The U.S. Department of Agriculture has awarded a $3 million grant to a team of scientists at North Carolina State University's College of Natural Resources to research the breeding and genetics of the loblolly pine, one of the Southeast's most economically important tree species.
The multidisciplinary team of tree geneticists, wood chemists and tree breeders, led by Dr. Hou-min Chang, NC State professor of pulp and paper science, will work to develop the first strains of loblolly pine that can be grown quickly for specific products, such as boards and paper pulp.
Dr. Ronald Sederoff, NC State professor of forestry and one of the principal investigators for the grant, explained that the ultimate goal of the project is to domesticate the fast-growing loblolly pine. That, he said, will help the Southeast maintain its position as the world's major supplier of industrial wood, which is being challenged by wood-producing regions of the Southern Hemisphere.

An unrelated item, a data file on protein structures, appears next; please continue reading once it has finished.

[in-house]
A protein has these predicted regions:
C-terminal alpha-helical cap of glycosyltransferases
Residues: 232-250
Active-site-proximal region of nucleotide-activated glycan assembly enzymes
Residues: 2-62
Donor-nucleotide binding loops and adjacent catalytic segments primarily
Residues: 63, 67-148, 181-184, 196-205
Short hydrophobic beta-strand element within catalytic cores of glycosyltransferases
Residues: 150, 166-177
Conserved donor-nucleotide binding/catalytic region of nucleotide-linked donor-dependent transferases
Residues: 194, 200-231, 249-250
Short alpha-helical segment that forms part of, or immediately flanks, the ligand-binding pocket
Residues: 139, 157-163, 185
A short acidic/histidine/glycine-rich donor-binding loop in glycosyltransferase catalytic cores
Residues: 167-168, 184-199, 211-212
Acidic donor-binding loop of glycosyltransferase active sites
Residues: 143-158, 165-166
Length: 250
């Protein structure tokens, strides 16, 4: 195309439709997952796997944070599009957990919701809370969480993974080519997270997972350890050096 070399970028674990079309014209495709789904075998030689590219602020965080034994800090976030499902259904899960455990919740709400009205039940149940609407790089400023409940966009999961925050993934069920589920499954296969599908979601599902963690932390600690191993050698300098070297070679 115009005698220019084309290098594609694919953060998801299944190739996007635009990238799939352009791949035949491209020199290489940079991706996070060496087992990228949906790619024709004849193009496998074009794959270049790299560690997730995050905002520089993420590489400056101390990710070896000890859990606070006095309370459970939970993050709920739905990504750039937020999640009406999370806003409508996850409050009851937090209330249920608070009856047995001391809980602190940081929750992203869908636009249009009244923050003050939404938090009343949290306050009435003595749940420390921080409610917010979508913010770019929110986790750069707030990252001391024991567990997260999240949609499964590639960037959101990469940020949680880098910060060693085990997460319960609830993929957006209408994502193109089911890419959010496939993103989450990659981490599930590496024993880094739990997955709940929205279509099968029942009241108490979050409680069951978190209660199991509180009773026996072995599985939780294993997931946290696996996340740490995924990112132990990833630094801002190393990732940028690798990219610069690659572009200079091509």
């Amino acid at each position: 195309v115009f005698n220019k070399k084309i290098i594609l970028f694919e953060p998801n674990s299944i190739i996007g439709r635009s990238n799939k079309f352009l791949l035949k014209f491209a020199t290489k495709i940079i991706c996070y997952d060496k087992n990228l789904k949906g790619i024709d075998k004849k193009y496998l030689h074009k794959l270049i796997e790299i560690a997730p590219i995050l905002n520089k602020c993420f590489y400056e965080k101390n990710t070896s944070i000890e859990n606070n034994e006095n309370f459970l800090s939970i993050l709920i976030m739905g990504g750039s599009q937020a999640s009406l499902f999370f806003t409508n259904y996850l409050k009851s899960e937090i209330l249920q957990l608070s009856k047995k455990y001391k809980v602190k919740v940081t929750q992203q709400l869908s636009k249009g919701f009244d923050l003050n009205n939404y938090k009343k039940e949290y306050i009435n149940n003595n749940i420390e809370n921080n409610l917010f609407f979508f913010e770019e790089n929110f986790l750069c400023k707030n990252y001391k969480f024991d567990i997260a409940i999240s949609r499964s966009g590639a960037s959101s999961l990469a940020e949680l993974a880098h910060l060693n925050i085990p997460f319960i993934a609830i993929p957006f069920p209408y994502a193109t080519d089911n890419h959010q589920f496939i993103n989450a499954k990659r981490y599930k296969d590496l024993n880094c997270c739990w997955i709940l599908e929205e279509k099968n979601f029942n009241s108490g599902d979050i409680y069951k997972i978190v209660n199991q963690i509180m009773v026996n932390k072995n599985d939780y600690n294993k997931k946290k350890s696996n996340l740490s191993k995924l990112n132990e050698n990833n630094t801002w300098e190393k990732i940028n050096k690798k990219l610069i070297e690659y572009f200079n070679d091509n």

Additionally, Sederoff said, the research will have environmental benefits, because raising fast-growing trees on pine plantations will mean less logging in natural forests. "Population growth in the United States and around the world is increasing the demand for wood products," he said. "Taking that wood from natural forests would result in serious deterioration of biodiversity, wildlife habitat and recreational potential. To protect natural forests and still meet the need for wood products, we have to grow more wood on less land."
The four-year grant was awarded through the USDA's new Initiative for the Future of Agriculture and Food Systems. The program was created by Congress to distribute research, extension and education competitive grants to projects addressing emerging agricultural issues, including forestry.
Dr. John Kadla, assistant professor of wood chemistry at NC State, said one of the researchers' goals is to allow Southeastern landowners tobacco farmers looking
Contact: Kevin Potter
North Carolina State University